of the same people were involved in both movements as well. Sojourner
Truth and Frederick Douglass were staunch feminists. Douglass urged
the first Convention at Seneca Falls in 1848 to demand the franchise
when many of the women were reluctant to do so. Similarly, the early
feminists were ardent abolitionists. The consciousness of two of the
most active is dated from the World Anti-Slavery Convention in London
in 1840 when Lucretia Mott and Elizabeth Cady Stanton were compelled
to sit in the galleries rather than participate in the convention.31
Many of today's new feminists also come out of an active background
in the civil rights and other social movements.32
Almost without exception, when one of the lower castes in our society
begins to revolt, the others quickly perceive the similarities to
their own condition and start the battle on their own grounds.
it is not surprising that these groups quickly find that they have
more in common than a similar legal situation. All of them, when comparing
themselves to the culture of the middle-aged white male,33
find that they are distinctly in the minority position. This minority
position involves a good deal more than laws and a good deal more
than economic and social discrimination. Discrimination per se is
only one aspect of oppression and not always the most significant
one. There are many other social and psychological aspects. Likewise,
being subject to separate laws and having poorer access to the socio-economic
system are only some of the characteristics of being in a minority
group. This point has been well explored by Hacker, who has shown
the similarities in the caste-like status of women and blacks.34
race analogy has been challenged many times on the grounds that women
do not suffer from the same overt segregation as blacks. This point
is well noted. But it is important to realize that blatant discrimination
is just one mechanism of social control. There are many more subtle
ones employed long before such coercion becomes necessary. It is only
when these other methods fail to keep a minority group in its place
that harsher means must be found. Given that a particular society
needs the subservience of several different groups of people, it will
use its techniques to a different degree with each of them depending
on what is available and what they are most susceptible to. It is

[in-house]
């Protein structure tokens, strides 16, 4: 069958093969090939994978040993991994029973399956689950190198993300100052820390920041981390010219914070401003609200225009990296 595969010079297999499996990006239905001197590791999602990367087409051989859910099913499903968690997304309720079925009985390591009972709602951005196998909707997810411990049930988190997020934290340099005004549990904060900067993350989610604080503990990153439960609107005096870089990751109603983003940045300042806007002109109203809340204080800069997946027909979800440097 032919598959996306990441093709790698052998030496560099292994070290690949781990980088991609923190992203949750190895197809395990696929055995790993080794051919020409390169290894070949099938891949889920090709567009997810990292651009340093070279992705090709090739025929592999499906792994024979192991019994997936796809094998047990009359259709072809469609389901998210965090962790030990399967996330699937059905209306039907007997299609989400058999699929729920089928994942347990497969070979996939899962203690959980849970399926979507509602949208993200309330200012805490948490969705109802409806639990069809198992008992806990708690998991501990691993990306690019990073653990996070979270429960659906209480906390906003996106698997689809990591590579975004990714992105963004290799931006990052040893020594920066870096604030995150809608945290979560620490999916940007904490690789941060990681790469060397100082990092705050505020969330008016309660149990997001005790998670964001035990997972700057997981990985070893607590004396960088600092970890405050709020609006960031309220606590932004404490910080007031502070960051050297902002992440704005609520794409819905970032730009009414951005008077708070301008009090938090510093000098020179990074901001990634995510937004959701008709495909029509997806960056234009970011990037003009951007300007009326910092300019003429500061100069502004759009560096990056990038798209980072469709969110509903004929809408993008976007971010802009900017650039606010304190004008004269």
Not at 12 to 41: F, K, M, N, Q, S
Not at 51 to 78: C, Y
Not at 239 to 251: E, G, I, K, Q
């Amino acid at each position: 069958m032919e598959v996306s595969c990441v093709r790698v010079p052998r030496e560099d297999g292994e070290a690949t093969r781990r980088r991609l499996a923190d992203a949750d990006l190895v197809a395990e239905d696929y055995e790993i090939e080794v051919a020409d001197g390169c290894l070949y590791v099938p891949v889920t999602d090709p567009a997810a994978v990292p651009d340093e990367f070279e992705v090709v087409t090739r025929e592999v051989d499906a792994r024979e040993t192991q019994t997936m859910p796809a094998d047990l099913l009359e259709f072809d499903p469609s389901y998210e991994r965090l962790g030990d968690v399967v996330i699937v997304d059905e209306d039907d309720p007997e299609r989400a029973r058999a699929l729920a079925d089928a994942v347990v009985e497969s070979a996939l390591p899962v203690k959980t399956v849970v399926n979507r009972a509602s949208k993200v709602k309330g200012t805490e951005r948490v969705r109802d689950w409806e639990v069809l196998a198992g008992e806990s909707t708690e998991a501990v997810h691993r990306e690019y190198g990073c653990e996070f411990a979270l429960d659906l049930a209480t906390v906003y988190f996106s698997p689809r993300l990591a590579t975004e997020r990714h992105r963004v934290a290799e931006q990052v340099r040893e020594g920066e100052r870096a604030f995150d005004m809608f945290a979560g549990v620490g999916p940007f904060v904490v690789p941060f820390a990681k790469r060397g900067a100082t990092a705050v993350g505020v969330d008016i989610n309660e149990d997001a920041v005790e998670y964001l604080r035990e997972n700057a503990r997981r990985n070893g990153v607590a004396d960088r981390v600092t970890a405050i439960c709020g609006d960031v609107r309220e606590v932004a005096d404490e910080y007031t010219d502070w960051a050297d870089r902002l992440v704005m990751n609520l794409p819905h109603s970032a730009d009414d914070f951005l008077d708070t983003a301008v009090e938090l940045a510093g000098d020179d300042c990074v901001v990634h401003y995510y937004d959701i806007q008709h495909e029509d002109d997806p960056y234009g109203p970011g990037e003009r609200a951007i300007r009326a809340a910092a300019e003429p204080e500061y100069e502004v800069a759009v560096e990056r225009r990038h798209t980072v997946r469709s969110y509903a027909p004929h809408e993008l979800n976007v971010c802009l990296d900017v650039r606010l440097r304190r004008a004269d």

a measure of blacks' resistance to the definition which white society
has tried to impose on them that such violent extremes have had to
be used to keep the caste lines intact.
however, have not needed such stringent social chains. Their bodies
can be left free because their minds are chained long before they
become functioning adults. Most women have so thoroughly internalized
the social definitions which tell them that their only significant
role is to serve men as wives and raise the next generation of men
and their servants that no laws are necessary to enforce this.
result is that women, even more than other minority groups, have their
identities derived first as members of a group and only second, if
at all, as unique persons. "Consider the following -- When a
boy is born, it is difficult to predict what he will be doing twenty-five
years later. We cannot say whether he will be an artist or a doctor
or a college professor because he will be permitted to develop and
fulfill his own identity. But if the newborn child is a girl, we can
predict with almost complete certainty how she will be spending her
time twenty-five years later. Her individuality does not have to be
considered; it is irrelevant."35
until very recently, most women have refused to recognize their own
oppression. They have openly accepted the social definition of who
and what they are. They have refused to be conscious of the fact that
they are seen and treated, before anything else, as women. Many still
do. This very refusal is significant because no group is so oppressed
as one which will not recognize its own oppression. Women's denial
that they must deal with their oppression is a reflection of just
how far they still have to go.
are many reasons why covert mechanisms of social control have been
so much more successful with women than with most other minority groups.
More than most they have been denied any history. Their tradition
of subjection is long and even this history is purged from the books
so that women cannot compare the similarities of their current condition
with that of the past. In a not-so-subtle way both men and women are
told that only men make history and women are not important enough
the agents of social control are much nearer to hand than those of
any other group. No other minority lives in the same household with
its master, separated totally from its peers and urged to compete
with them for the privilege of serving the majority group. No other
minority so thoroughly accepts the standards of the dominant group
as its own and interprets any deviance from those values as a sign
of degeneracy. No other minority so readily argues for the maintenance
of its own position as one that is merely "different" without
questioning whether one must be the "same" to be equal.